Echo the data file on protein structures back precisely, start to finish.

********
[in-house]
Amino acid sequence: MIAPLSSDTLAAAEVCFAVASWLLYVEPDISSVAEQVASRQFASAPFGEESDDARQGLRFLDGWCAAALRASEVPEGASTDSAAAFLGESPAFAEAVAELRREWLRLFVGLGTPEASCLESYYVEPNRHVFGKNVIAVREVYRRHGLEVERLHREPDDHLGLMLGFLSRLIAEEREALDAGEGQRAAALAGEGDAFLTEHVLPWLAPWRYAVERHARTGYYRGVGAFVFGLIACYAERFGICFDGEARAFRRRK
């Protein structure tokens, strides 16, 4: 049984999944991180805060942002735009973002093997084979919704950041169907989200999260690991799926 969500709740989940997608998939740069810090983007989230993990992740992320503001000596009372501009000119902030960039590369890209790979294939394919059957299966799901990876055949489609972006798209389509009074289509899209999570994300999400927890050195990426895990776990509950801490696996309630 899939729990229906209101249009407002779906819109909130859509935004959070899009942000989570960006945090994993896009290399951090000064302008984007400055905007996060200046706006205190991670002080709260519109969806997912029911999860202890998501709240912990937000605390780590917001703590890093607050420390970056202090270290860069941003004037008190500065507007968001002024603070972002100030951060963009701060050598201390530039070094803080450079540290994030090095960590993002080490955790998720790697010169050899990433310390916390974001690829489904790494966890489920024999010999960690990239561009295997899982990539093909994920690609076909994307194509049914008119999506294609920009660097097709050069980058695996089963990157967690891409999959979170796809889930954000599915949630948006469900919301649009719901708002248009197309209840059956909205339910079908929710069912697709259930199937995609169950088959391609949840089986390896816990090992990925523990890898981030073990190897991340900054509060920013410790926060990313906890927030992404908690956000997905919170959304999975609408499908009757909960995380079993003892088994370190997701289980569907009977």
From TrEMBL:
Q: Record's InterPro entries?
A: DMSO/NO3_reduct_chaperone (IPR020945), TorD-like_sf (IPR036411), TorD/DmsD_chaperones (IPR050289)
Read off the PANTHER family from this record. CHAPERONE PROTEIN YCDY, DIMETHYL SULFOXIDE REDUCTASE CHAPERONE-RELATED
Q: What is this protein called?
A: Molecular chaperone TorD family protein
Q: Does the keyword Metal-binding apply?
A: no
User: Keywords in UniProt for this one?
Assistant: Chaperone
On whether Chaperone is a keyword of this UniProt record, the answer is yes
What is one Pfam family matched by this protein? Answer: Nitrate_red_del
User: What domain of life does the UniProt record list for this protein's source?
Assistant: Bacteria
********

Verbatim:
[in-house]
Amino acid sequence: MIAPLSSDTLAAAEVCFAVASWLLYVEPDISSVAEQVASRQFASAPFGEESDDARQGLRFLDGWCAAALRASEVPEGASTDSAAAFLGESPAFAEAVAELRREWLRLFVGLGTPEASCLESYYVEPNRHVFGKNVIAVREVYRRHGLEVERLHREPDDHLGLMLGFLSRLIAEEREALDAGEGQRAAALAGEGDAFLTEHVLPWLAPWRYAVERHARTGYYRGVGAFVFGLIACYAERFGICFDGEARAFRRRK
């Protein structure tokens, strides 16, 4: 049984999944991180805060942002735009973002093997084979919704950041169907989200999260690991799926 969500709740989940997608998939740069810090983007989230993990992740992320503001000596009372501009000119902030960039590369890209790979294939394919059957299966799901990876055949489609972006798209389509009074289509899209999570994300999400927890050195990426895990776990509950801490696996309630 899939729990229906209101249009407002779906819109909130859509935004959070899009942000989570960006945090994993896009290399951090000064302008984007400055905007996060200046706006205190991670002080709260519109969806997912029911999860202890998501709240912990937000605390780590917001703590890093607050420390970056202090270290860069941003004037008190500065507007968001002024603070972002100030951060963009701060050598201390530039070094803080450079540290994030090095960590993002080490955790998720790697010169050899990433310390916390974001690829489904790494966890489920024999010999960690990239561009295997899982990539093909994920690609076909994307194509049914008119999506294609920009660097097709050069980058695996089963990157967690891409999959979170796809889930954000599915949630948006469900919301649009719901708002248009197309209840059956909205339910079908929710069912697709259930199937995609169950088959391609949840089986390896816990090992990925523990890898981030073990190897991340900054509060920013410790926060990313906890927030992404908690956000997905919170959304999975609408499908009757909960995380079993003892088994370190997701289980569907009977």
From TrEMBL:
Q: Record's InterPro entries?
A: DMSO/NO3_reduct_chaperone (IPR020945), TorD-like_sf (IPR036411), TorD/DmsD_chaperones (IPR050289)
Read off the PANTHER family from this record. CHAPERONE PROTEIN YCDY, DIMETHYL SULFOXIDE REDUCTASE CHAPERONE-RELATED
Q: What is this protein called?
A: Molecular chaperone TorD family protein
Q: Does the keyword Metal-binding apply?
A: no
User: Keywords in UniProt for this one?
Assistant: Chaperone
On whether Chaperone is a keyword of this UniProt record, the answer is yes
What is one Pfam family matched by this protein? Answer: Nitrate_red_del
User: What domain of life does the UniProt record list for this protein's source?
Assistant: Bacteria